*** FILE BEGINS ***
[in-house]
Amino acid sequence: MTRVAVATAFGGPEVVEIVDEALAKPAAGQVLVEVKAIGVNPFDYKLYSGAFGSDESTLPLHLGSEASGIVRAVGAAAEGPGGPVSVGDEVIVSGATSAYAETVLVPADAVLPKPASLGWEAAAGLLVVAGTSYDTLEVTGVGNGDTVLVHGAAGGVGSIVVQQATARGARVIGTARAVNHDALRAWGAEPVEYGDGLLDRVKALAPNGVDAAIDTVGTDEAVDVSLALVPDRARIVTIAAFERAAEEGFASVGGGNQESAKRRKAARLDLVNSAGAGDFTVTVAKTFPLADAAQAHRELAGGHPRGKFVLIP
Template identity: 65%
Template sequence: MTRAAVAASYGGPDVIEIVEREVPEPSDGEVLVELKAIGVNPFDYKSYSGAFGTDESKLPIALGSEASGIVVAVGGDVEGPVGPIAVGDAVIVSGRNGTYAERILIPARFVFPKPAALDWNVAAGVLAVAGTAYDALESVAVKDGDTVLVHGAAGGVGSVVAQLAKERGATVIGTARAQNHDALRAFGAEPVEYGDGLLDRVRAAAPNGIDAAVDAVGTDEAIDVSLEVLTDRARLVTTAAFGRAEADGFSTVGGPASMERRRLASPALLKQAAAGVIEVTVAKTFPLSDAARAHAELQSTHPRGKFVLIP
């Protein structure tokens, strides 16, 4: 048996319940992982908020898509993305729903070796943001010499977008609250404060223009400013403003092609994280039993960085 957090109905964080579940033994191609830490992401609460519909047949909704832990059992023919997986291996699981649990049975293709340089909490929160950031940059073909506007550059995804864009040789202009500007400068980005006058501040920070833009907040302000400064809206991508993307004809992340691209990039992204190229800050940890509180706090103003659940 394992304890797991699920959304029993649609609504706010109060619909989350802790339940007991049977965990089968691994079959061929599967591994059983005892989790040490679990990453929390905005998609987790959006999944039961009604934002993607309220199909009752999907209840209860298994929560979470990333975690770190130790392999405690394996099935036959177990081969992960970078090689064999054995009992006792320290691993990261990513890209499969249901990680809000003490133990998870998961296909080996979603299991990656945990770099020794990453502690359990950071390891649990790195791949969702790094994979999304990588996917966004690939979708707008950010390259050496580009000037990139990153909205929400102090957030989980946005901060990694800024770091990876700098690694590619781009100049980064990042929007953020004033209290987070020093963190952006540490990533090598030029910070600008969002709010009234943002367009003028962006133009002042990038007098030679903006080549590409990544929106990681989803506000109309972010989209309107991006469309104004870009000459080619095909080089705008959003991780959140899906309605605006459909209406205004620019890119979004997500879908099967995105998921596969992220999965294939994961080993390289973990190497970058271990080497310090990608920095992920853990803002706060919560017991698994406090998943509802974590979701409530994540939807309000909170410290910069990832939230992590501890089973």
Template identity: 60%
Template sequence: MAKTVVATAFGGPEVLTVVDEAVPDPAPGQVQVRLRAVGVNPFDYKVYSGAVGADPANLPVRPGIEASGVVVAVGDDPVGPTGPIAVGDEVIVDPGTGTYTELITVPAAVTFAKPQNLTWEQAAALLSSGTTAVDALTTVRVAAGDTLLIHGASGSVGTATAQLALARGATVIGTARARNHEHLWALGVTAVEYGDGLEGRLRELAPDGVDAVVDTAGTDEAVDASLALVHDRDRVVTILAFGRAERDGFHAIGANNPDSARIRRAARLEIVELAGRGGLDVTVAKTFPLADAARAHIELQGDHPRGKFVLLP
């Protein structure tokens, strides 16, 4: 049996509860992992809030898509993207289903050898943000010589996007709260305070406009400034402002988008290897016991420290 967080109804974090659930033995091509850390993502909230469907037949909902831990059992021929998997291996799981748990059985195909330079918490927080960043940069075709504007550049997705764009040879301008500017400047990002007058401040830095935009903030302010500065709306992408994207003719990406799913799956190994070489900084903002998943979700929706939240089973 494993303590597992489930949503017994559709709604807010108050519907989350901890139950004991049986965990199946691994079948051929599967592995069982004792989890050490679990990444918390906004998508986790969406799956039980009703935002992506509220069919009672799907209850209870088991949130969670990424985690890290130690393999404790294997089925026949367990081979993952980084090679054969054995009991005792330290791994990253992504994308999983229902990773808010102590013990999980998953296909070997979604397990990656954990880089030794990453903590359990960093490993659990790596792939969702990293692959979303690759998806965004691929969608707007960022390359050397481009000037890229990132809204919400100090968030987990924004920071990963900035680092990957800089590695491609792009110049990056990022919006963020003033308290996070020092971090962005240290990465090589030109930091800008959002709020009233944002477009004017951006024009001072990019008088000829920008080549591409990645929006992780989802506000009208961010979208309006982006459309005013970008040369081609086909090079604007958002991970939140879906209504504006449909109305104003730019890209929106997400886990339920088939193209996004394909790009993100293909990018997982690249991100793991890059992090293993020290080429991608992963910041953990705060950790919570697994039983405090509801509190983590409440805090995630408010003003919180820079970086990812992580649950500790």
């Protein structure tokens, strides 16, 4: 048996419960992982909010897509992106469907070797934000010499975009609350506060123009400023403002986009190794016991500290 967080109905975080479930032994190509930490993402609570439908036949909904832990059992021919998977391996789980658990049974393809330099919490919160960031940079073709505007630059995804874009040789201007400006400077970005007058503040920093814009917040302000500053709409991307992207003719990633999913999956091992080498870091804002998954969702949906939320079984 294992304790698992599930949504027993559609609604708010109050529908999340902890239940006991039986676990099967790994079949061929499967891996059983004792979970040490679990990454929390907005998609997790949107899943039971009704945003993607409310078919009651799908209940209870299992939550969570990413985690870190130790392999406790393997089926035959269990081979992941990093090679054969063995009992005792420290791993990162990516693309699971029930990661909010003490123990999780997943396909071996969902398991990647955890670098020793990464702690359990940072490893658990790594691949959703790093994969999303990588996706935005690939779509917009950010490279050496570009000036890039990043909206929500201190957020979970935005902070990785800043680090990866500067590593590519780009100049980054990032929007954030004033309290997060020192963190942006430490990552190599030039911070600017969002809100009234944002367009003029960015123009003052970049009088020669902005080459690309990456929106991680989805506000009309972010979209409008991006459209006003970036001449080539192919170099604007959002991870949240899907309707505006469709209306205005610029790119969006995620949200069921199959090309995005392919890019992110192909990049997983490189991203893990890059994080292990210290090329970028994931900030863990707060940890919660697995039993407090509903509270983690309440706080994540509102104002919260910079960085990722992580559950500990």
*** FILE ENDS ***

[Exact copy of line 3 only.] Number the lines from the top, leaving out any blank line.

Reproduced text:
Template identity: 65%